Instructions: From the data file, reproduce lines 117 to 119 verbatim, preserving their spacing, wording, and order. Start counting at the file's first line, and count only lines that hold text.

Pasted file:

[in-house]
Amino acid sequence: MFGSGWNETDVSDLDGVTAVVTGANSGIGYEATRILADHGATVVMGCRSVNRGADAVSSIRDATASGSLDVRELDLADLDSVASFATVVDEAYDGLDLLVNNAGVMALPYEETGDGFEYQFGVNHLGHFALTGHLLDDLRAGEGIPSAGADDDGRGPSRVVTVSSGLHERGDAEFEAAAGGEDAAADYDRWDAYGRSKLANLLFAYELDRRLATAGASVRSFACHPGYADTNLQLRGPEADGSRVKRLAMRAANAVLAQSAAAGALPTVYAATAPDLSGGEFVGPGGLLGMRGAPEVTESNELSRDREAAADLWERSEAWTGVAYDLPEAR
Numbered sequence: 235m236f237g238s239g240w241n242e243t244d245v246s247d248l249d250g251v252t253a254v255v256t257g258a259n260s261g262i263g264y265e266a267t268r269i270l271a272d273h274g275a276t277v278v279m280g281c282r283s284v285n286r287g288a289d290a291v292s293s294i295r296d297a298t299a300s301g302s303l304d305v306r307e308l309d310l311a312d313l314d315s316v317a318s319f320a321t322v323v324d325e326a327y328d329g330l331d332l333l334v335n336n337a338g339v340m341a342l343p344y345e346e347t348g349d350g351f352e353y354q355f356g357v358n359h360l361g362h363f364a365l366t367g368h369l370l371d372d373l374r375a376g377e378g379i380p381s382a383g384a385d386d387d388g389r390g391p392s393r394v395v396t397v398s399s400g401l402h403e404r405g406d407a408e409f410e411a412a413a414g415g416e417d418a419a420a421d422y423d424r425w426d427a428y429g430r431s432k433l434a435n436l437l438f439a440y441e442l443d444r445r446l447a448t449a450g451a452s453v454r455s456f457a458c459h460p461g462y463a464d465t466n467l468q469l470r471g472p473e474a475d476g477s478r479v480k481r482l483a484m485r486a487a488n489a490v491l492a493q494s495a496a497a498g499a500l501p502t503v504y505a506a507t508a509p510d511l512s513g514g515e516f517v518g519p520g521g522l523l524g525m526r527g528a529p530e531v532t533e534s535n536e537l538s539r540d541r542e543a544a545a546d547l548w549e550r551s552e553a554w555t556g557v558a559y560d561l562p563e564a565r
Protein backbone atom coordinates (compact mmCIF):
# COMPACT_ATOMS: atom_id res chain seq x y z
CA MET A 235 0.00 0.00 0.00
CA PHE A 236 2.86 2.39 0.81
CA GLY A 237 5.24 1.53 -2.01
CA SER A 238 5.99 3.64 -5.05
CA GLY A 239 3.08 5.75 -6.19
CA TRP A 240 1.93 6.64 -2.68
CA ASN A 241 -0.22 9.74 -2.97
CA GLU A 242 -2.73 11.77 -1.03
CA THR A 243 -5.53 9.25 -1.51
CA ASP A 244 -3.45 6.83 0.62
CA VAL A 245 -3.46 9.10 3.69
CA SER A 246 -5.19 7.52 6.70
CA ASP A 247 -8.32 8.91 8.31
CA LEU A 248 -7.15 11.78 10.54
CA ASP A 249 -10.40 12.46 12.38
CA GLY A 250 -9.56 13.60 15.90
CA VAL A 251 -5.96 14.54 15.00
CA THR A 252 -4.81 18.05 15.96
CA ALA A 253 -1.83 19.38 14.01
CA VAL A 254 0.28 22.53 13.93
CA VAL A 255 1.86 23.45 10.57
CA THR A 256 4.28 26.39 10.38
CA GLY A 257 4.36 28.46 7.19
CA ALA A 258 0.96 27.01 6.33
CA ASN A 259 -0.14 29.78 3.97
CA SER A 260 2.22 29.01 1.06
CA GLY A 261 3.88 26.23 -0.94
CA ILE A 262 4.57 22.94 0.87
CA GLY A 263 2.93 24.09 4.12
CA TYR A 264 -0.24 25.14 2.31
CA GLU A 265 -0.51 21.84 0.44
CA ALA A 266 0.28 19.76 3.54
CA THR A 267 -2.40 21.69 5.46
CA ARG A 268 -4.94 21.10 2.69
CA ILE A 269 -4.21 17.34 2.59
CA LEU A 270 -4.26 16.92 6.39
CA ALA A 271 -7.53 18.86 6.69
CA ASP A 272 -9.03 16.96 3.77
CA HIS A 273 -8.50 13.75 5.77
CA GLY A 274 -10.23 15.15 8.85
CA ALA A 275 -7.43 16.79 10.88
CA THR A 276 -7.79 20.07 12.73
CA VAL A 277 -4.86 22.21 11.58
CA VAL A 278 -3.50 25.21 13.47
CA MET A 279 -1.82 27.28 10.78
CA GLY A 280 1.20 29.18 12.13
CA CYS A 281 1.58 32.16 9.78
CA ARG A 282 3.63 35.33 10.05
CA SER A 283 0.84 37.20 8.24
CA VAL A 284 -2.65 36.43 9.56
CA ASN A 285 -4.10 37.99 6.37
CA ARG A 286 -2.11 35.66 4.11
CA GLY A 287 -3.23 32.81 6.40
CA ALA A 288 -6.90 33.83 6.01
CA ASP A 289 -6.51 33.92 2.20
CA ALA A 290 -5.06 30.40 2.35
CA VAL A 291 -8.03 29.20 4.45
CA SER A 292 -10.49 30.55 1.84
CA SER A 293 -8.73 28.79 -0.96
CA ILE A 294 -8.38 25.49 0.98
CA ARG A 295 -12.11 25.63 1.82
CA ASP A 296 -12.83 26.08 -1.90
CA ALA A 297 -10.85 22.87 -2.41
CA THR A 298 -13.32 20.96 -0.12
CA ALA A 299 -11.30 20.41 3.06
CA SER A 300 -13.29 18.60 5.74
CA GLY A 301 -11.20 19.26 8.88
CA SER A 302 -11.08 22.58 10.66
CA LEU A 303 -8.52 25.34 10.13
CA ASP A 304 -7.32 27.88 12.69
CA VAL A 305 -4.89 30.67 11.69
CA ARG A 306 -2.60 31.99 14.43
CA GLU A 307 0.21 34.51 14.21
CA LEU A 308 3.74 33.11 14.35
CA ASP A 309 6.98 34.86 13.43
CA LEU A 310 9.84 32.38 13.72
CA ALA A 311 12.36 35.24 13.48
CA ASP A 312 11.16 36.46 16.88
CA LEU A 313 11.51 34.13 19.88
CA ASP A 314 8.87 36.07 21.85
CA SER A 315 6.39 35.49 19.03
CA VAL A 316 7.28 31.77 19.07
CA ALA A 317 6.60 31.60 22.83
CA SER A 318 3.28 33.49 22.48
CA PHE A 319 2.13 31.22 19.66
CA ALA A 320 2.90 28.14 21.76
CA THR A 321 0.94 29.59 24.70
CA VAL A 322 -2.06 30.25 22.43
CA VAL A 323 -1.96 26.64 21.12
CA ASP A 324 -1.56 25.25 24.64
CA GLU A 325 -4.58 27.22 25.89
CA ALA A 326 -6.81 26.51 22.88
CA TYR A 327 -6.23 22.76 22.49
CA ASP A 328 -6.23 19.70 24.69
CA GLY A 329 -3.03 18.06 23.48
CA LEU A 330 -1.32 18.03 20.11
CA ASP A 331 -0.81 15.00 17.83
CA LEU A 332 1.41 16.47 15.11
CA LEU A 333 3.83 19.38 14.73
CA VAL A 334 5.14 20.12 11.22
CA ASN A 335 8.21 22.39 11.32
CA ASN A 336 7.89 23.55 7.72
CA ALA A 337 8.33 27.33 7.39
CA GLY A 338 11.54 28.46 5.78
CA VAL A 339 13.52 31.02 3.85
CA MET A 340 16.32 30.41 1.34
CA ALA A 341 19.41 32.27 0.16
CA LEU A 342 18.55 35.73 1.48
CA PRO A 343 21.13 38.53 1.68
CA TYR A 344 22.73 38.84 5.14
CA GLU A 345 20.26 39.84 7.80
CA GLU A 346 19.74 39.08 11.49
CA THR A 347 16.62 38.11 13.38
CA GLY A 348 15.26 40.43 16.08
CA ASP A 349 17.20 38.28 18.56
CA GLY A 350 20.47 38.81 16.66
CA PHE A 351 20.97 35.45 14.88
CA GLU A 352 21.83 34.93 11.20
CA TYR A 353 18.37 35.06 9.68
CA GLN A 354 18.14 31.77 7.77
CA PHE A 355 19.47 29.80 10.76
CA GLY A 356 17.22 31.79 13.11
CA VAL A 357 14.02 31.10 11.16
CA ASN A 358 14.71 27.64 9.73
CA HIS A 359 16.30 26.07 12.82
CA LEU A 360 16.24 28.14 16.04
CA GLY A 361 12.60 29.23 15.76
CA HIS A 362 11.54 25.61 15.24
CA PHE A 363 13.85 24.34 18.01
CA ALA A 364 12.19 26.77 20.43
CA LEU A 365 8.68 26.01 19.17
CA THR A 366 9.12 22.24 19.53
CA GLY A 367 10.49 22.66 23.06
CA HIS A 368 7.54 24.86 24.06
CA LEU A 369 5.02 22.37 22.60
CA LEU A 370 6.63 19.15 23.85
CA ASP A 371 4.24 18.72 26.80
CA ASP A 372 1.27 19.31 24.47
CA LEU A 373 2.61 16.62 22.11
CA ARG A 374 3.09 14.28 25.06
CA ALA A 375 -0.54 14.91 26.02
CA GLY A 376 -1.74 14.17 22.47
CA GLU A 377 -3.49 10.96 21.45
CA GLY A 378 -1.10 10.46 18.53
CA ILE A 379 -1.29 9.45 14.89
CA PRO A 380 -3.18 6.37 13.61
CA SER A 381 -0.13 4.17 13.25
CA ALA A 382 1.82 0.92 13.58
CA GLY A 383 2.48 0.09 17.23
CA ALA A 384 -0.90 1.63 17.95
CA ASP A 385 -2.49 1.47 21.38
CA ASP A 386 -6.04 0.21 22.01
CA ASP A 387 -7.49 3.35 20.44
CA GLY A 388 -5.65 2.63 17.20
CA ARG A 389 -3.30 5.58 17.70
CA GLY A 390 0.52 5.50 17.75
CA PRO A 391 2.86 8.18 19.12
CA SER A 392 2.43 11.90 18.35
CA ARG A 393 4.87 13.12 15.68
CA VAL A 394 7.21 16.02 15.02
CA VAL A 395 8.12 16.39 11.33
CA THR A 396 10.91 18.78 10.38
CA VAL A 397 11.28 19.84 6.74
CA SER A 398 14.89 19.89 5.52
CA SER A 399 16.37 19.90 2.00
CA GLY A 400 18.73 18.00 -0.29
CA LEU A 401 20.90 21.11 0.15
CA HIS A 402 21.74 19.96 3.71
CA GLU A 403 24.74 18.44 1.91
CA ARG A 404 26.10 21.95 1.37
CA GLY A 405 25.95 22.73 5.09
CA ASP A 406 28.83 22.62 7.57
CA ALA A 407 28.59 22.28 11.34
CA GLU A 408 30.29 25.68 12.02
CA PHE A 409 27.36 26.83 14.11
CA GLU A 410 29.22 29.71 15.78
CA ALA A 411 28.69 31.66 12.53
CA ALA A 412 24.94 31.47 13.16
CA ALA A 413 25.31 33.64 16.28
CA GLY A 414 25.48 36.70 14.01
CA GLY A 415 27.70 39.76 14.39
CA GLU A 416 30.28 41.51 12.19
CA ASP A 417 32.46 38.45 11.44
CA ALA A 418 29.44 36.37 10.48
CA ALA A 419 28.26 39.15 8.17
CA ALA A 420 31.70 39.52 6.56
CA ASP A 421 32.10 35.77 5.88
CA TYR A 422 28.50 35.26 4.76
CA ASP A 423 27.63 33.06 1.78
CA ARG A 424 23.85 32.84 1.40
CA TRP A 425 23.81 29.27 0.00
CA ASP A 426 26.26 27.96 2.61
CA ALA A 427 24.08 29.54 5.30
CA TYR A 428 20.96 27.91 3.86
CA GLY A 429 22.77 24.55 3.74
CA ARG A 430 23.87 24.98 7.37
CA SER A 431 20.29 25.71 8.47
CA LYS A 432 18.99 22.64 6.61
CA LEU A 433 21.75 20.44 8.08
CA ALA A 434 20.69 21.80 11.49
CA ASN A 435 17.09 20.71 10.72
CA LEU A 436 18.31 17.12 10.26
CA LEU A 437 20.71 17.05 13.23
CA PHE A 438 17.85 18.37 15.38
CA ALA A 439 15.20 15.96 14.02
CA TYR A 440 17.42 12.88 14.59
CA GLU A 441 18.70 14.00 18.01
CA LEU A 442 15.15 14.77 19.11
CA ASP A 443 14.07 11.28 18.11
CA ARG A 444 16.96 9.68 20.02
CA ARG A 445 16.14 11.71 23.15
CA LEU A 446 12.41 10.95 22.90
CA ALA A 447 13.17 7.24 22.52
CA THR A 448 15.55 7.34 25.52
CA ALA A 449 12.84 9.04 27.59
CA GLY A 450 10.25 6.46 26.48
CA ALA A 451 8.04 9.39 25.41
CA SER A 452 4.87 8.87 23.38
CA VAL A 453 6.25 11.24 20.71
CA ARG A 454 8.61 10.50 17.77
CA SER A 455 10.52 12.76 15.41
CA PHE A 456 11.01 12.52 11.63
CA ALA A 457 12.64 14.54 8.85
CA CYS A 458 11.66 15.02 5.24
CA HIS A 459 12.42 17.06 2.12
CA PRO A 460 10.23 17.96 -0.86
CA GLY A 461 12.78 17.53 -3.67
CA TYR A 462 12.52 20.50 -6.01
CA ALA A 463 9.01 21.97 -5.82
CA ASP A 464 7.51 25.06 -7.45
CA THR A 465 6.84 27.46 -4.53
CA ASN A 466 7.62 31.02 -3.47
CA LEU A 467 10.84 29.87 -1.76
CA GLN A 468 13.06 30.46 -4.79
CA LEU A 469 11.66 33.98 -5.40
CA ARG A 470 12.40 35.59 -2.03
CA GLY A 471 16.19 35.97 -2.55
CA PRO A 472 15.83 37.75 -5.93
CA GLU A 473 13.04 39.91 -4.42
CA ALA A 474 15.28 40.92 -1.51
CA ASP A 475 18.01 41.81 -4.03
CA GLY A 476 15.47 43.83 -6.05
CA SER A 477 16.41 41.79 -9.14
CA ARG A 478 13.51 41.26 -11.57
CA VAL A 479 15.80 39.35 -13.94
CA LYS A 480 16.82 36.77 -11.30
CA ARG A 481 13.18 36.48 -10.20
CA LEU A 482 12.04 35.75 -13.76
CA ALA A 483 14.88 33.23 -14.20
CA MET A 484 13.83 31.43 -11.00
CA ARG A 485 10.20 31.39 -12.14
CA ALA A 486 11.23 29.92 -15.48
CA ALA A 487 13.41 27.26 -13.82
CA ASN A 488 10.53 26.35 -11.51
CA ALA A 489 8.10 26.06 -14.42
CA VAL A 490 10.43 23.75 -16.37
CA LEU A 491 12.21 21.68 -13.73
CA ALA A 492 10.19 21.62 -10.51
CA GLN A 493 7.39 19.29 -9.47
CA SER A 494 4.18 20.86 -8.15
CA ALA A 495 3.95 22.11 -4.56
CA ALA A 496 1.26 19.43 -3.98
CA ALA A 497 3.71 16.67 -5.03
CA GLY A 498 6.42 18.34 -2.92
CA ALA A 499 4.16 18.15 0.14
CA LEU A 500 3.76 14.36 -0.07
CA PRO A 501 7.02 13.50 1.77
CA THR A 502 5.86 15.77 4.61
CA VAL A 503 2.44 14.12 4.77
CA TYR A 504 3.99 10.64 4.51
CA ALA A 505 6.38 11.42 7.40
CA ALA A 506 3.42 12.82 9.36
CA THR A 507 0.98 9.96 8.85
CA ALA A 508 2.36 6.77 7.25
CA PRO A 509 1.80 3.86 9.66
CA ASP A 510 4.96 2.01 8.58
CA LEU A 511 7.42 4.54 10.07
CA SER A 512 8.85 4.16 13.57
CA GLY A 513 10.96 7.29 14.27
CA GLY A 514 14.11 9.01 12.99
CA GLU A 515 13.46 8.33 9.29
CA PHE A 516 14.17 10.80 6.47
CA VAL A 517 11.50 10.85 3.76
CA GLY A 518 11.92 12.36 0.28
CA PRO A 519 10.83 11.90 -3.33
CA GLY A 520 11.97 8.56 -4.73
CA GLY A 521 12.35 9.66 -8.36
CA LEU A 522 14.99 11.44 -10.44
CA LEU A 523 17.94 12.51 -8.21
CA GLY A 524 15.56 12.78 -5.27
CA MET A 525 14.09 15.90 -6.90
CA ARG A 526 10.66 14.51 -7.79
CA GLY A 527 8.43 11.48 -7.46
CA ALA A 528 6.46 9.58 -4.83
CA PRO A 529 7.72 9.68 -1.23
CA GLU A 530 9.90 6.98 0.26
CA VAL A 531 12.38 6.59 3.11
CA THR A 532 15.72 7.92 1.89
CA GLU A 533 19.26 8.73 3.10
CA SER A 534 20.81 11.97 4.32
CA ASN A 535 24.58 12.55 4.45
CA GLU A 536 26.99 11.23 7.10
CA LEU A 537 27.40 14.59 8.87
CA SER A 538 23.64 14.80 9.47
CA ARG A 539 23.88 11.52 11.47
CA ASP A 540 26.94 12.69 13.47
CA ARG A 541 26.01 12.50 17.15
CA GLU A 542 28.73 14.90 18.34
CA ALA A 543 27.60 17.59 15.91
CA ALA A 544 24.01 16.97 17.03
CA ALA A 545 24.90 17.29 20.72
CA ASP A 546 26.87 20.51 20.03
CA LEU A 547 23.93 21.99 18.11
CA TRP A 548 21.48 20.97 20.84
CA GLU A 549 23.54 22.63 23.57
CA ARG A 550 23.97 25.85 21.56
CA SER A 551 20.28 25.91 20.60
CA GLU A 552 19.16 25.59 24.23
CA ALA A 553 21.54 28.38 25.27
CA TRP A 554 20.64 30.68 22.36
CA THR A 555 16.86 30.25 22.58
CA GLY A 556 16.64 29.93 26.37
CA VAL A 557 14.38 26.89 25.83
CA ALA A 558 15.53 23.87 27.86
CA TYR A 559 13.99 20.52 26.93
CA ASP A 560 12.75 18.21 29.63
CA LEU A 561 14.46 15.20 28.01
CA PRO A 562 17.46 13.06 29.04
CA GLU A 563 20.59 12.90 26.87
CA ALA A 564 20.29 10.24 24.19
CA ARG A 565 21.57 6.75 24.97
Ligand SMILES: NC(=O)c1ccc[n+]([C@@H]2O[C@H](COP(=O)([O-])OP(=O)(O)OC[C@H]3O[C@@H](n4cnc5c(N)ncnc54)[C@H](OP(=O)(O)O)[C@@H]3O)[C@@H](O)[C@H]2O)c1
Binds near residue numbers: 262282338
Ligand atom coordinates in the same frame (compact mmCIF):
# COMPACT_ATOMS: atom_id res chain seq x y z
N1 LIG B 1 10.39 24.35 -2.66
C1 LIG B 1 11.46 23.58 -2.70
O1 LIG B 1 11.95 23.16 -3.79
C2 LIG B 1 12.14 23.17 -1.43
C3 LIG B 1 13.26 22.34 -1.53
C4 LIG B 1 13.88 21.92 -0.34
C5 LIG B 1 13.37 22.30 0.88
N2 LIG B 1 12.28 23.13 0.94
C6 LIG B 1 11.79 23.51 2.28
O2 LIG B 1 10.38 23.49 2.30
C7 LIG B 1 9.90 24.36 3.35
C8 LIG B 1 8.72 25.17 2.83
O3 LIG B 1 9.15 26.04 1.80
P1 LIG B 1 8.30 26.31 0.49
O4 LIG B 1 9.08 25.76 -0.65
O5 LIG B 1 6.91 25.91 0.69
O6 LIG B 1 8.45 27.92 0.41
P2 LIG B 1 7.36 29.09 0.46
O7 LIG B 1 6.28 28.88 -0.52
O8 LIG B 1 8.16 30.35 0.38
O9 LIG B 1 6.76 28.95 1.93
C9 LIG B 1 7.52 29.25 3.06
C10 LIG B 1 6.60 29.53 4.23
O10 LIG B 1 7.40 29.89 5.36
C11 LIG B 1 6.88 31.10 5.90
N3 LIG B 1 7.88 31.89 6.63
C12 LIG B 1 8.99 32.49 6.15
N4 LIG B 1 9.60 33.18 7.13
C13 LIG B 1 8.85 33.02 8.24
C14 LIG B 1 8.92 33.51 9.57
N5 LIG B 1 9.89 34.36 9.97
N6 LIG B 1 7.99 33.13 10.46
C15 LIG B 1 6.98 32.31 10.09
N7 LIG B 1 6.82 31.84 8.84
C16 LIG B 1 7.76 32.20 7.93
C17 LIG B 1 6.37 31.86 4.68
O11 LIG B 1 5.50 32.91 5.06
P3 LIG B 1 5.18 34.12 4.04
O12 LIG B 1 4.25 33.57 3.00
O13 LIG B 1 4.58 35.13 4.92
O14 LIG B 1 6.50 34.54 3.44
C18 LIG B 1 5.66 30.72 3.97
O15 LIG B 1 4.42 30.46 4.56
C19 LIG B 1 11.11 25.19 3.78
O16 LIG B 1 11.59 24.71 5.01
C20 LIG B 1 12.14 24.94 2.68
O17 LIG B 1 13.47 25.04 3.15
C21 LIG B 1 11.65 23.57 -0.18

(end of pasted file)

CA GLU A 346 19.74 39.08 11.49
CA THR A 347 16.62 38.11 13.38
CA GLY A 348 15.26 40.43 16.08